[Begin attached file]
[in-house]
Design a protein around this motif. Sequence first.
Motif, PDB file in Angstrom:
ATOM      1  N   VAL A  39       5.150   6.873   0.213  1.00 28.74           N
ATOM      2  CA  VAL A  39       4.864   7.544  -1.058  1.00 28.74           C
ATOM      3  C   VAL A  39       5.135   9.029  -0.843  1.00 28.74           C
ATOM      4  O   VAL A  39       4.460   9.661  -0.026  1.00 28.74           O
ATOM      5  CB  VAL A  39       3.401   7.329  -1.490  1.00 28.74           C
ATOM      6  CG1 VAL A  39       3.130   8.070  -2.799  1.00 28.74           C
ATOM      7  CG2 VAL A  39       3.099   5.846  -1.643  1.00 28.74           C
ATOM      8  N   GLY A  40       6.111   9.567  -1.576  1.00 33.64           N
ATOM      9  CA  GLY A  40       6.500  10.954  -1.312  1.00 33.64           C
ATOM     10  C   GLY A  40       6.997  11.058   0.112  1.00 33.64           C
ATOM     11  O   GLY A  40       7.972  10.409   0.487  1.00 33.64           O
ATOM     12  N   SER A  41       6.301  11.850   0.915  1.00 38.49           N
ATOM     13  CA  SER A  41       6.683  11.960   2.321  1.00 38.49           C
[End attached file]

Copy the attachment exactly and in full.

[in-house]
Design a protein around this motif. Sequence first.
Motif, PDB file in Angstrom:
ATOM      1  N   VAL A  39       5.150   6.873   0.213  1.00 28.74           N
ATOM      2  CA  VAL A  39       4.864   7.544  -1.058  1.00 28.74           C
ATOM      3  C   VAL A  39       5.135   9.029  -0.843  1.00 28.74           C
ATOM      4  O   VAL A  39       4.460   9.661  -0.026  1.00 28.74           O
ATOM      5  CB  VAL A  39       3.401   7.329  -1.490  1.00 28.74           C
ATOM      6  CG1 VAL A  39       3.130   8.070  -2.799  1.00 28.74           C
ATOM      7  CG2 VAL A  39       3.099   5.846  -1.643  1.00 28.74           C
ATOM      8  N   GLY A  40       6.111   9.567  -1.576  1.00 33.64           N
ATOM      9  CA  GLY A  40       6.500  10.954  -1.312  1.00 33.64           C
ATOM     10  C   GLY A  40       6.997  11.058   0.112  1.00 33.64           C
ATOM     11  O   GLY A  40       7.972  10.409   0.487  1.00 33.64           O
ATOM     12  N   SER A  41       6.301  11.850   0.915  1.00 38.49           N
ATOM     13  CA  SER A  41       6.683  11.960   2.321  1.00 38.49           C